Apple: High Sierra will be last macOS release to support 32-bit apps ‘without compromise’

“We know that iOS 11 marks the end of the road for legacy 32-bit apps and now we’re learning about Apple’s new 64-bit requirement for Mac apps,” Christian Zibreg reports for iDownload Blog.

“In an advisory on Dev Center yesterday, the Cupertino giant announced that macOS High Sierra will be the last macOS release to support 32-bit apps ‘without compromise,'” Zibreg reports. “Apple originally said at the Worldwide Developers Conference that macOS apps submitted to Mac App Store must support 64-bit computing starting January 2018. The new advisory states that Mac app updates and existing apps must support 64-bit starting June 2018.”

Read more in the full article here.

MacDailyNews Take: June 2018 is more than generous for requiring 64-bit support.

Apple shipped the world’s first 64-bit personal computer over 14 years ago with the release of the Power Mac G5 on June 23, 2003. Apple unveiled the world’s first 64-bit smartphone (iPhone 5s) on September 10, 2013.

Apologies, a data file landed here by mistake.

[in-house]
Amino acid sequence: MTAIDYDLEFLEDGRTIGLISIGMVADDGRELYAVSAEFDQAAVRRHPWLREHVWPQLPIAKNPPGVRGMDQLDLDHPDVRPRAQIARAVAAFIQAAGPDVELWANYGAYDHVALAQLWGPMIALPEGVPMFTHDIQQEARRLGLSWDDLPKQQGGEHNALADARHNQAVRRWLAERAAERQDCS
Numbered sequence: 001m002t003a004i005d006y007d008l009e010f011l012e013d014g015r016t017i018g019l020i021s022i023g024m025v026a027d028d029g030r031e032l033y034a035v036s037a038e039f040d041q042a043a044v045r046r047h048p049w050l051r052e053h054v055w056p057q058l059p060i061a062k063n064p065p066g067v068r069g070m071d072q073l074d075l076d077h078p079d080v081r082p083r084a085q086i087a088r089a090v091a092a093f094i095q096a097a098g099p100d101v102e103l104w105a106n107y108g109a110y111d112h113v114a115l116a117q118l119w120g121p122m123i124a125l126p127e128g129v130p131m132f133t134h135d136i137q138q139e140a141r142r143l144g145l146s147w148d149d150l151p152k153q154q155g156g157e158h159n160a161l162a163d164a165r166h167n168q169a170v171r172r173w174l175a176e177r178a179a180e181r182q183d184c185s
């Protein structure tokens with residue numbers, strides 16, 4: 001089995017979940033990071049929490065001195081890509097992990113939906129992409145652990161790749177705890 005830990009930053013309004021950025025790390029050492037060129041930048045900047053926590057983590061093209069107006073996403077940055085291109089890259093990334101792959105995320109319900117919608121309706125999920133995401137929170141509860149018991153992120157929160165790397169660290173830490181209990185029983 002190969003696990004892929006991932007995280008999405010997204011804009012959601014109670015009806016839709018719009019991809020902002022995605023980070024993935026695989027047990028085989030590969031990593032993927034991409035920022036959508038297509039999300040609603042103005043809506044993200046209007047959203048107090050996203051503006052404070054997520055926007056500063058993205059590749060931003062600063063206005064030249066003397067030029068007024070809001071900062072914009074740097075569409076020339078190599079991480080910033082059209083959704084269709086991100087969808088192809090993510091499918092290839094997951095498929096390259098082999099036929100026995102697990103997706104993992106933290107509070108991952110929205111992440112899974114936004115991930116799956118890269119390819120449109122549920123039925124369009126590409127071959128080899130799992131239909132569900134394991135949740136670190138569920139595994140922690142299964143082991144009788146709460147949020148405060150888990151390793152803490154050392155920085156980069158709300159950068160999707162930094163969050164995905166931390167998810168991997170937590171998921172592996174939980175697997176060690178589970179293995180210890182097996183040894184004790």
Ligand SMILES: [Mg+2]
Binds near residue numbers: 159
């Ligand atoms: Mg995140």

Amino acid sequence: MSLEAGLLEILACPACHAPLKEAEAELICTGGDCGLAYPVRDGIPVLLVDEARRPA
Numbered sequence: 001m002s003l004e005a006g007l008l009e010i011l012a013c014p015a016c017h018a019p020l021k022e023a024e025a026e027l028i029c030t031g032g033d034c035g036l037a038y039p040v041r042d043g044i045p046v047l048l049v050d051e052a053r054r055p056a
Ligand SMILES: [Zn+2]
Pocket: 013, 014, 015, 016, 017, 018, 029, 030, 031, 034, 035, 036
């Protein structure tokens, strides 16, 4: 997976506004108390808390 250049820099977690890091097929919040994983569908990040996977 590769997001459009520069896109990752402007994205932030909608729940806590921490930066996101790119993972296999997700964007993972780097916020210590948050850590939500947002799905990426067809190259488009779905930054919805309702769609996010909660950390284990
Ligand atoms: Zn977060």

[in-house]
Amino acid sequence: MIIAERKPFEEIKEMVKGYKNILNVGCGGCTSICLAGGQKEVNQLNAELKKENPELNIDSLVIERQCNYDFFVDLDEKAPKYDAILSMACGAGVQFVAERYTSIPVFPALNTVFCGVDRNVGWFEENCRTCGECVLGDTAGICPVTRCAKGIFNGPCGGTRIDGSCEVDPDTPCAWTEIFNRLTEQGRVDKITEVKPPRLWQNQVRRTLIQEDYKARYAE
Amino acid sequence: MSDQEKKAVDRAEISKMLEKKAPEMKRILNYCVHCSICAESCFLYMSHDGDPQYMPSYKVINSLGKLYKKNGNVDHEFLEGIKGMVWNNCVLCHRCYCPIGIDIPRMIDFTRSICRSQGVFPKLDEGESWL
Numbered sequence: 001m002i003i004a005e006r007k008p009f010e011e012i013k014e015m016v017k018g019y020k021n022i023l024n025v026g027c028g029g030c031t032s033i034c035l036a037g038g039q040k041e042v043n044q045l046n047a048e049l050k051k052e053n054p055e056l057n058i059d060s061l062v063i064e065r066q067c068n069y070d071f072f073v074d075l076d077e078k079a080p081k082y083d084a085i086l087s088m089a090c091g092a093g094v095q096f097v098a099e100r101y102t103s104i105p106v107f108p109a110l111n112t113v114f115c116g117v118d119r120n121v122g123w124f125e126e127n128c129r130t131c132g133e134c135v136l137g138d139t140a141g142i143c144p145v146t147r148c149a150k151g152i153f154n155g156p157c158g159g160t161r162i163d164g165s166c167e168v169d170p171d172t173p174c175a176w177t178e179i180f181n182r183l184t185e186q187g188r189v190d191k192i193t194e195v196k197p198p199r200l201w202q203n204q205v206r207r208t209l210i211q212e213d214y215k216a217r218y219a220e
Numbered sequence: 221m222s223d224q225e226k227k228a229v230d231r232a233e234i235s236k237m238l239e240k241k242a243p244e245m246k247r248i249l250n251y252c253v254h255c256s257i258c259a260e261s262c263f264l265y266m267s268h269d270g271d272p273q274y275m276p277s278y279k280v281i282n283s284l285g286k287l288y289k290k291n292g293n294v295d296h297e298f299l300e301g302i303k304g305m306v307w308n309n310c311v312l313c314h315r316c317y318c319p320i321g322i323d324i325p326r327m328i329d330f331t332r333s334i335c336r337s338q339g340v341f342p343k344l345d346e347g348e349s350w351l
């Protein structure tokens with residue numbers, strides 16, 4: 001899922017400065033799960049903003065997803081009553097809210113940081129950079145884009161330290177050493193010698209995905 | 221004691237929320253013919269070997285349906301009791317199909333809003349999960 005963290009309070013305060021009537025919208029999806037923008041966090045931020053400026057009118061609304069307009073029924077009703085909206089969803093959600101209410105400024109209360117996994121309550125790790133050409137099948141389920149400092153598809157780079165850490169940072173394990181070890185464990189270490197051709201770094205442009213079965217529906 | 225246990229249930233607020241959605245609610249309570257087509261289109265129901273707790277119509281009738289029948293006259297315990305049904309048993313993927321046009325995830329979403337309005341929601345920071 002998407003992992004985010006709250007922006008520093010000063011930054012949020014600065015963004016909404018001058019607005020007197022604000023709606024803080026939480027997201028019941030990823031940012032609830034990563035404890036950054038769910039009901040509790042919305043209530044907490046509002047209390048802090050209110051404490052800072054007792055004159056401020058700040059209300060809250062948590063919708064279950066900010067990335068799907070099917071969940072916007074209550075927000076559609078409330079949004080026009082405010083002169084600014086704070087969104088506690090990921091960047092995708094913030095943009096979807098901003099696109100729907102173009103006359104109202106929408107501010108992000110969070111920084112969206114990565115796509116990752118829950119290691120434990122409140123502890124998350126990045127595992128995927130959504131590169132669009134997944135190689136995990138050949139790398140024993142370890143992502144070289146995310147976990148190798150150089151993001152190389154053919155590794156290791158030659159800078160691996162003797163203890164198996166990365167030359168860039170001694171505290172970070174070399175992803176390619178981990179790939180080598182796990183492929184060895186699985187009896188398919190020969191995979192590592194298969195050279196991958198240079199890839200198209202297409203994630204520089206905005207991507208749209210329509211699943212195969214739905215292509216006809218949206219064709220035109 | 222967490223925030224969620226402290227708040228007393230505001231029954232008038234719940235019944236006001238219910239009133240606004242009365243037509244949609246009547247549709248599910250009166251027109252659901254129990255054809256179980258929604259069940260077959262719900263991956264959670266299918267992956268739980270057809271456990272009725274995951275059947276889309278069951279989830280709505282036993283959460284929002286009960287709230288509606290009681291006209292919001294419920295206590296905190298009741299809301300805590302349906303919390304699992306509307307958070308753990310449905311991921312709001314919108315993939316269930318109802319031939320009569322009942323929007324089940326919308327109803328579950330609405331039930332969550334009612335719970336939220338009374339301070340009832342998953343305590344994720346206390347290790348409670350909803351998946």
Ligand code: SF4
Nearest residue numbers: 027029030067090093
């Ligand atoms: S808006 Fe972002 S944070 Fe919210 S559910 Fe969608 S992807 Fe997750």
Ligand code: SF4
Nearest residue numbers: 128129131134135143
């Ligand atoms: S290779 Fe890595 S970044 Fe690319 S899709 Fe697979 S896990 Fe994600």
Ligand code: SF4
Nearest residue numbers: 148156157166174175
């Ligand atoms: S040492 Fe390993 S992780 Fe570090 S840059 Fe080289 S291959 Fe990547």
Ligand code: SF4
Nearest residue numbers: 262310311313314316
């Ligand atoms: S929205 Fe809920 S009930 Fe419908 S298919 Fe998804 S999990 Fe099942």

Apple’s notice:

64-bit Requirement for Mac Apps – June 28, 2017

At WWDC 2017, we announced new apps submitted to the Mac App Store must support 64-bit starting January 2018, and Mac app updates and existing apps must support 64-bit starting June 2018. If you distribute your apps outside the Mac App Store, we highly recommend distributing 64-bit binaries to make sure your users can continue to run your apps on future versions of macOS. macOS High Sierra will be the last macOS release to support 32-bit apps without compromise.

9 Comments

  1. I am expecting the next version of Mac OS beyond High Sierra to be a radical overhaul kind of like iOS7 was. High Sierra is the placeholder /bridge to flush the e2 bit apps out, get the new file system fully armored and all the rest.
    Not saying touch interface, but I expect the next past High Sierra to be as big a break as Windows 8 was from 7. 8 didn’t just change the UI, it stripped out tons of legacy cruft and has greatly improved the stability of Windows. Sinofsky & co took a lot of heat, but pulled a lot of crap out of Windows under the hood.

  2. I cannot wait. When trying to use many engineering and science packages that have to be compiled…I will inevitably get an incurable 32-bit/64-bit compatibility issues with the dynamic libraries. Just a big pain in the rear.

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